‘One of the most highly contagious diseases on the planet is spreading quickly across the continent. ’

The first measles vaccine was introduced in 1963, triggering a decline in the number of cases of the disease in the decades that followed. It might have been tempting at that time to expect the disease to be consigned to the history books. However, sixty years later, measles continues to circulate in Europe despite access to free vaccination.

The European Centre for Disease Prevention & Control (ECDC) recorded more than 2,000 measles cases in 2023. A significant proportion of these cases were in Romania, where children (aged 1-4 years) are worst affected. Doctors in Romania sounded the alarm two years ago, warning that uptake of the measles, mumps and rubella (MMR) vaccine had fallen below 50% in some areas.

Prof Mihai Craiu, a well-known paediatrician who operates a popular Facebook page with 300,000 followers, renewed his appeal to the public last year as the epidemic spread.

‘Unfortunately, MMR coverage is declining post-pandemic, amid general mistrust in vaccines here in Romania,’ he told Vaccines Today. ‘And the current outbreak demands a more vigorous response from authorities.’

Graph showing the ages of people affected by measles in Europe along with their vaccination status
ECDC data shows the ages of people affected by measles in Europe, along with details of their vaccination status. Most of those infected were not vaccinated against measles, while some ‒ particularly in older groups ‒ did know know whether they were vaccinated.

Data from Romania’s National Institute for Public Health suggest the situation may be even more alarming than the ECDC’s record of confirmed measles cases. The national authority reported 7,243 cases, and eight deaths, from January 2023 to March 5, 2024.

There are also cases in other EU countries where the age profile of patients varies. For example, there have been outbreaks among children aged 10-14 in France and among adults aged 30 years and older in Germany, Italy and Netherlands. Most cases are in people who have not been vaccinated against measles.

In January and February 2024, outbreaks continued in several countries, including Austria where hundreds of cases were recorded last year.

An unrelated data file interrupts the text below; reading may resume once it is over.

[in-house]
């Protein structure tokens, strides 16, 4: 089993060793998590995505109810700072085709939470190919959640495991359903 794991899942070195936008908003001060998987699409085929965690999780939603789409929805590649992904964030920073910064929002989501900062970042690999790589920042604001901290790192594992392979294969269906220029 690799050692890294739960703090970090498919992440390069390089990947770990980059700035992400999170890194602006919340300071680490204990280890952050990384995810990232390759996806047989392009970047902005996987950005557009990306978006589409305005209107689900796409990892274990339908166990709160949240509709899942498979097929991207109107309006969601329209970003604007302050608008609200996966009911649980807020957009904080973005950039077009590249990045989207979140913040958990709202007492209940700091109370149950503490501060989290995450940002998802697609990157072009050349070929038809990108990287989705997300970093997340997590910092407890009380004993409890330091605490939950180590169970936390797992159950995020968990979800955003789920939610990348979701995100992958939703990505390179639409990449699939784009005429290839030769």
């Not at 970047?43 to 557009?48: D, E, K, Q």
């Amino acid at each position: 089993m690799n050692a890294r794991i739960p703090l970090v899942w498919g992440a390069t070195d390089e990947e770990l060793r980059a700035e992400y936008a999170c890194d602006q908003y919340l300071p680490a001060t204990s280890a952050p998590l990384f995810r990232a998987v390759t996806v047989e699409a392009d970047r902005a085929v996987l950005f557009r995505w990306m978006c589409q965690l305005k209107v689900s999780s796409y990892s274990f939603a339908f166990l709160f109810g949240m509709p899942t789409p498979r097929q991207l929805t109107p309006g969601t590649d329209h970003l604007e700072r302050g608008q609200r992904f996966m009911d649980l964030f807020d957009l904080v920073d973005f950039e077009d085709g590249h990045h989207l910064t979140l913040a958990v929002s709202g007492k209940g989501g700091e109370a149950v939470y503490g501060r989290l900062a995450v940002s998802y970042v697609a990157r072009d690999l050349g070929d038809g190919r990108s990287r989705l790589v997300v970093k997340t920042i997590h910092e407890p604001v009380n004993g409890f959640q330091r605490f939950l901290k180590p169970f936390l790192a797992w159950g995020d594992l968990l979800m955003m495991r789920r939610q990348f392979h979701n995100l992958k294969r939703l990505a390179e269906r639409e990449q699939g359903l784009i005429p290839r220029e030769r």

There is real concern among health officials that measles vaccination rates are below the 95% target in several European countries. This puts people at risk of infection and, in the event of a large outbreak, may make health systems vulnerable to a surge in demand for care.

ECDC map showing measles incidence in Europe. Romania and Austria have the highest number of cases per million; cases are rising in multiple countries.
ECDC map showing measles incidence in Europe. Romania and Austria have the highest number of cases per million; cases are rising in multiple countries.

Authorities say the number of measles cases is expected to continue increasing in the coming months, with the virus likely to spread to areas where vaccination is too low. Outbreaks may peak in the coming months as more people develop immunity after infection.

However, with one third of infected people suffering complications of the disease, acquiring immunity in this way is likely to take a toll. At least seven deaths have been recorded in two countries this year already, according to the ECDC. There, of course, another far safer ‒ way to be protected: vaccination.

‘Nobody should die from measles,’ says Andrea Ammon. ‘The increase in cases of measles, a highly contagious, but vaccine-preventable disease, is a stark reminder that all Member States should maximise efforts to achieve and maintain high vaccination coverage for all vaccine-preventable diseases. Vaccines are a safe and effective way to reduce the health burden of infectious disease and avoid unnecessary loss of life.’

An animated GIF that shows one measles patient can infect 16-18 others

The ECDC called for intensified efforts to identify and reach unvaccinated or partially vaccinated populations. Equity in access to immunisation should be ensured, it said, especially for vulnerable populations including migrants, ethnic minorities, and those living in crowded settings such as refugee camps.

European Commissioner for Health, Stella Kyriakides, said the current trend is worrying, and points to low uptake of routine vaccines. ‘This is an extremely contagious disease which can cause serious complications, particularly for children and vulnerable personas,’ she said, urging people to check their vaccination status. ‘When we see measles outbreaks, we know there is a gap in vaccinations,’ she said. ‘Vaccination is one of our strongest tools against measles and many other infectious diseases.’

Measles is a highly contagious viral disease that can be contracted at any age. It is significantly more infectious than, for example, COVID-19. It can lead to complications and even death. Measles symptoms usually appear after 10-12 days of infection:

  • Initial symptoms resemble a cold with a runny nose, cough and a mild fever;
  • Eyes become red and sensitive to light;
  • On the third to seventh day, the temperature may reach up to 41 ⁰C;
  • A red rash begins on the face and then spreads over the entire body;
  • Small white spots may also appear on the gums and the inside of the cheeks.
Measles infection infographic